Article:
Monday, May 29, 2006

Corner Living 2

As I have thought about living on the corner here in Glenwood, I wondered how this might translate to other ministries as well. For example, are there “high traffic” areas in dorms or on campus that might enable us to have more frequent contact with students who might not ordinarily come to our events?

When I was a campus staff worker, I always advocated for student small groups to meet in the dorms versus the student center or an off-campus apartment. There is usually constant activity in the dorms and there is a greater chance of someone stumbling upon your SG community that's meeting a in dorm parlor than if it is behind an apartment door. Meeting in a dorm also gives a ready-made strategic mission field for your group. As for where to live in that dorm, if you are on a hall, then maybe by the stairs or nearest the bathroom, provided you leave your door open and are active in engaging the flow of traffic that will come past. In my old dorm, Ehringhaus, I would have chosen a suite that is nearest the stairs/elevators and a room that has a window looking out onto the balcony.

As for meeting spaces, some of where we meet is dicatated by the whims and space limitations of our universities, but at UNCG there was great benefit in moving our LG meetings into the student center and out of a distant auditorium-style classroom on campus. Again, putting ourselves in higher-traffic areas to increase our opportunities of interacting with others and being seen by them.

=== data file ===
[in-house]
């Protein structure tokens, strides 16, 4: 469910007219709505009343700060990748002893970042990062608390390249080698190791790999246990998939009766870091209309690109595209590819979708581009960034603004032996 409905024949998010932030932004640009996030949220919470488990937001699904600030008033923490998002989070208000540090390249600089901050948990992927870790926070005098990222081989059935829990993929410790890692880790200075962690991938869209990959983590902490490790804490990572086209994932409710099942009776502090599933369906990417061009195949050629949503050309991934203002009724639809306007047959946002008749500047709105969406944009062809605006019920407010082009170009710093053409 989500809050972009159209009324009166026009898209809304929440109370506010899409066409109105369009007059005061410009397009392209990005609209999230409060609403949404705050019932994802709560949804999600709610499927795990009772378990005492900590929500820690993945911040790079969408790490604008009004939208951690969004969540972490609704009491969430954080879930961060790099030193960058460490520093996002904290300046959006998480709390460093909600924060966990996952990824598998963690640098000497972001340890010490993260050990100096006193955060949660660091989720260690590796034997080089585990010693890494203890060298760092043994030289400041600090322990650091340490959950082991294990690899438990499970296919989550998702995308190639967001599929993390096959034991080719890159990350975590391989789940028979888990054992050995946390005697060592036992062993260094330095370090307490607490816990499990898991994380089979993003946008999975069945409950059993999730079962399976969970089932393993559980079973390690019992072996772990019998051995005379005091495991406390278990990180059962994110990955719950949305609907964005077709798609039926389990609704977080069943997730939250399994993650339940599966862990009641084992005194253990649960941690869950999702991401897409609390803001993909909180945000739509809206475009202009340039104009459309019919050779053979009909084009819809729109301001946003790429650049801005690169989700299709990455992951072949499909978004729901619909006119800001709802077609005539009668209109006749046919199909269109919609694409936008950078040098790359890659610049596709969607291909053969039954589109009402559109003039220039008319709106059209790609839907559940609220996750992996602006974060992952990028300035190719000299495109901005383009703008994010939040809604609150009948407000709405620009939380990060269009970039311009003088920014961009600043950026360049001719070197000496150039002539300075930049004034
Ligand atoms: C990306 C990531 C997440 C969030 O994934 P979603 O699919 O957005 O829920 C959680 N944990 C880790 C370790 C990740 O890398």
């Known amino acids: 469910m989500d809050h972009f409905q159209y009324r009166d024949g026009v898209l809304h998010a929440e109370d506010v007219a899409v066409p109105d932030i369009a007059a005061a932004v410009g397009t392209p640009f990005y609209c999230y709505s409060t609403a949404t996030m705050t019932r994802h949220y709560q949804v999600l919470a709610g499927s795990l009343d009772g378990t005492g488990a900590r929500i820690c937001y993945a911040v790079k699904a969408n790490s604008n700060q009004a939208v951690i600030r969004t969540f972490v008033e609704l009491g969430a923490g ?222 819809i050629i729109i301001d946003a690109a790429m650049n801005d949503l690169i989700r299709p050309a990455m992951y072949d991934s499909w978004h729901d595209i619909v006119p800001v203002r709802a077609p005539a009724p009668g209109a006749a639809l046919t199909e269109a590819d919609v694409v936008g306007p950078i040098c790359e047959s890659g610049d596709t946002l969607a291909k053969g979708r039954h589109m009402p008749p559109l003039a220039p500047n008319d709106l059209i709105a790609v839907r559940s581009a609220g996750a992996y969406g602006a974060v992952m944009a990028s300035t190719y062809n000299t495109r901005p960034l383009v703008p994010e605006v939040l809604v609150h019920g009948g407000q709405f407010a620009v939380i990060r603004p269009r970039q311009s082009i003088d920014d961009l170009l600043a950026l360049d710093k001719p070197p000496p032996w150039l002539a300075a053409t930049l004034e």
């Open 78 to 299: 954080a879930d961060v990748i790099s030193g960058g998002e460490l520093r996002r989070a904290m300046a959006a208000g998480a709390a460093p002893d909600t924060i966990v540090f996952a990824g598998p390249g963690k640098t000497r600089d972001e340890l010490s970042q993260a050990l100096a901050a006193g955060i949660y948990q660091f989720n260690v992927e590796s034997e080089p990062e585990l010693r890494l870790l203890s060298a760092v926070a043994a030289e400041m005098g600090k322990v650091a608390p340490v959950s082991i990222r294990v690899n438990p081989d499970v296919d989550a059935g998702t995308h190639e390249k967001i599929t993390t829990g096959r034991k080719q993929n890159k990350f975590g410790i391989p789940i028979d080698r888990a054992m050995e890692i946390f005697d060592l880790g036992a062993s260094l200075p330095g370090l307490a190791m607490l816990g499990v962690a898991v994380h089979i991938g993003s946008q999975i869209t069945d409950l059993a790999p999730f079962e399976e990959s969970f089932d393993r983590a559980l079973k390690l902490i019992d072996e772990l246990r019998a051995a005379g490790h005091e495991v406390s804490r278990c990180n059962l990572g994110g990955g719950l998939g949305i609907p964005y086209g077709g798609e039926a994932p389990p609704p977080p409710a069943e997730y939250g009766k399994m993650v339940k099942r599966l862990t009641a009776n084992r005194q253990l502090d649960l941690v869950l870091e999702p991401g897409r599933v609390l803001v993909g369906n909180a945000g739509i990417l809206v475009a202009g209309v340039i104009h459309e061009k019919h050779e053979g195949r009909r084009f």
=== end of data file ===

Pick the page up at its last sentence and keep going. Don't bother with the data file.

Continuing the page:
I think about the trend with many churches today as they grow - the plan is usually to buy a big plot of land way out and have people drive to you. This does not seem much like a corner strategy to me, and I am being more and more drawn to planting smaller churches in close proximity to people (especially in the city).

Some of the costs of these kinds of moves are that we are likely to get interrupted, whether that's in the dorm SG when things on the hall get loud; or in the LG meetings where be occassionally get double-booked and lose our room for the evening in the students center; or in church, where different types of people that we are not necessarily eager to deal with can stumble into service on a Sunday. But interruptions are not always bad things, and they can provide us with some great moments of being out of control but being in step with the Holy Spirit (see the feeding of the 5,000 in Mark).

1 comment:

Macon said...

On interuptions: It seems that while Jesus did take time "away" to be just with his disciples, his ministry was often "on the corner" and always being interupted. He gets interupted by parents bringing their little children, by four friends bringing their paralyzed friend, by lepers, by a woman who was bleeding, by a centurion, by teachers of the law. All that to say, I think you're in good company here.

Not incidentally, the on-the-campus value of InterVarsity was something I think is exactly right. If an InterVarsity Chapter is doing something core to it's ministry (LG, SG, Prayer Meetings, Discipling) that isn't meeting on campus, then it loses a big part of it's essential InterVarsity-ness. And back to your point, doing those things closer to high traffic areas is the bestest of all.